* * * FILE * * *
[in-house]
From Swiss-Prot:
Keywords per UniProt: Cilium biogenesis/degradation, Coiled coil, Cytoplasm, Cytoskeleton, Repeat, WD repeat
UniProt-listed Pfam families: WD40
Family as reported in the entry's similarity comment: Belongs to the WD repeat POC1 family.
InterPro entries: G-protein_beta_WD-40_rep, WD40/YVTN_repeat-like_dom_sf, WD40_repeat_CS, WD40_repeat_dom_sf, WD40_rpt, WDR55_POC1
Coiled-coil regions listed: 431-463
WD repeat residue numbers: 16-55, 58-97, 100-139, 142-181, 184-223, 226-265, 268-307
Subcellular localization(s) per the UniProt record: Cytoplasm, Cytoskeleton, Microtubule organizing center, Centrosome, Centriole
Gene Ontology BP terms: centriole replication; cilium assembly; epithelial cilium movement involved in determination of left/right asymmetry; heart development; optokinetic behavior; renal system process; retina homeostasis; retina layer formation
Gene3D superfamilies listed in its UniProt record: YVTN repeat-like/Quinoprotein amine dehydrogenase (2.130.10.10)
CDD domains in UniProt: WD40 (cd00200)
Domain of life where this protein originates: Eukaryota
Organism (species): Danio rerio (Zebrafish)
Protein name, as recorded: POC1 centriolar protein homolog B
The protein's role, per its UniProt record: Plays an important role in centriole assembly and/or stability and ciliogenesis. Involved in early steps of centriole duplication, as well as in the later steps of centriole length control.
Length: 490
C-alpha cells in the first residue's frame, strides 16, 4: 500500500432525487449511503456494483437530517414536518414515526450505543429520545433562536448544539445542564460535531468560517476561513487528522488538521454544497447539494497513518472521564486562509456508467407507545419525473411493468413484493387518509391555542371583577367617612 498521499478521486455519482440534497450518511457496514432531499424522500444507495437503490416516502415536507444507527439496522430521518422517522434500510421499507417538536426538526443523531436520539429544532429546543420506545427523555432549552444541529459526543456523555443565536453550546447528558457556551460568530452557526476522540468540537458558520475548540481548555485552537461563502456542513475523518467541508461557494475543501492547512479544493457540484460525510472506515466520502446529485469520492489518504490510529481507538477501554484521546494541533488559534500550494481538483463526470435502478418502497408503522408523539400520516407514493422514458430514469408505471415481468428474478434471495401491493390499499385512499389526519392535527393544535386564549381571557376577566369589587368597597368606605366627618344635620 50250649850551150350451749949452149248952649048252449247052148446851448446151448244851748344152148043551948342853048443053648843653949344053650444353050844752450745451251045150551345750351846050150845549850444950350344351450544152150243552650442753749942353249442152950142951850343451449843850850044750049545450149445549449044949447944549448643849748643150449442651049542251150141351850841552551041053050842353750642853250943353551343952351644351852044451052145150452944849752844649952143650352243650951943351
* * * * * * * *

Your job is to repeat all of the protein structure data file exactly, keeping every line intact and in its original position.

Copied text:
[in-house]
From Swiss-Prot:
Keywords per UniProt: Cilium biogenesis/degradation, Coiled coil, Cytoplasm, Cytoskeleton, Repeat, WD repeat
UniProt-listed Pfam families: WD40
Family as reported in the entry's similarity comment: Belongs to the WD repeat POC1 family.
InterPro entries: G-protein_beta_WD-40_rep, WD40/YVTN_repeat-like_dom_sf, WD40_repeat_CS, WD40_repeat_dom_sf, WD40_rpt, WDR55_POC1
Coiled-coil regions listed: 431-463
WD repeat residue numbers: 16-55, 58-97, 100-139, 142-181, 184-223, 226-265, 268-307
Subcellular localization(s) per the UniProt record: Cytoplasm, Cytoskeleton, Microtubule organizing center, Centrosome, Centriole
Gene Ontology BP terms: centriole replication; cilium assembly; epithelial cilium movement involved in determination of left/right asymmetry; heart development; optokinetic behavior; renal system process; retina homeostasis; retina layer formation
Gene3D superfamilies listed in its UniProt record: YVTN repeat-like/Quinoprotein amine dehydrogenase (2.130.10.10)
CDD domains in UniProt: WD40 (cd00200)
Domain of life where this protein originates: Eukaryota
Organism (species): Danio rerio (Zebrafish)
Protein name, as recorded: POC1 centriolar protein homolog B
The protein's role, per its UniProt record: Plays an important role in centriole assembly and/or stability and ciliogenesis. Involved in early steps of centriole duplication, as well as in the later steps of centriole length control.
Length: 490
C-alpha cells in the first residue's frame, strides 16, 4: 500500500432525487449511503456494483437530517414536518414515526450505543429520545433562536448544539445542564460535531468560517476561513487528522488538521454544497447539494497513518472521564486562509456508467407507545419525473411493468413484493387518509391555542371583577367617612 498521499478521486455519482440534497450518511457496514432531499424522500444507495437503490416516502415536507444507527439496522430521518422517522434500510421499507417538536426538526443523531436520539429544532429546543420506545427523555432549552444541529459526543456523555443565536453550546447528558457556551460568530452557526476522540468540537458558520475548540481548555485552537461563502456542513475523518467541508461557494475543501492547512479544493457540484460525510472506515466520502446529485469520492489518504490510529481507538477501554484521546494541533488559534500550494481538483463526470435502478418502497408503522408523539400520516407514493422514458430514469408505471415481468428474478434471495401491493390499499385512499389526519392535527393544535386564549381571557376577566369589587368597597368606605366627618344635620 50250649850551150350451749949452149248952649048252449247052148446851448446151448244851748344152148043551948342853048443053648843653949344053650444353050844752450745451251045150551345750351846050150845549850444950350344351450544152150243552650442753749942353249442152950142951850343451449843850850044750049545450149445549449044949447944549448643849748643150449442651049542251150141351850841552551041053050842353750642853250943353551343952351644351852044451052145150452944849752844649952143650352243650951943351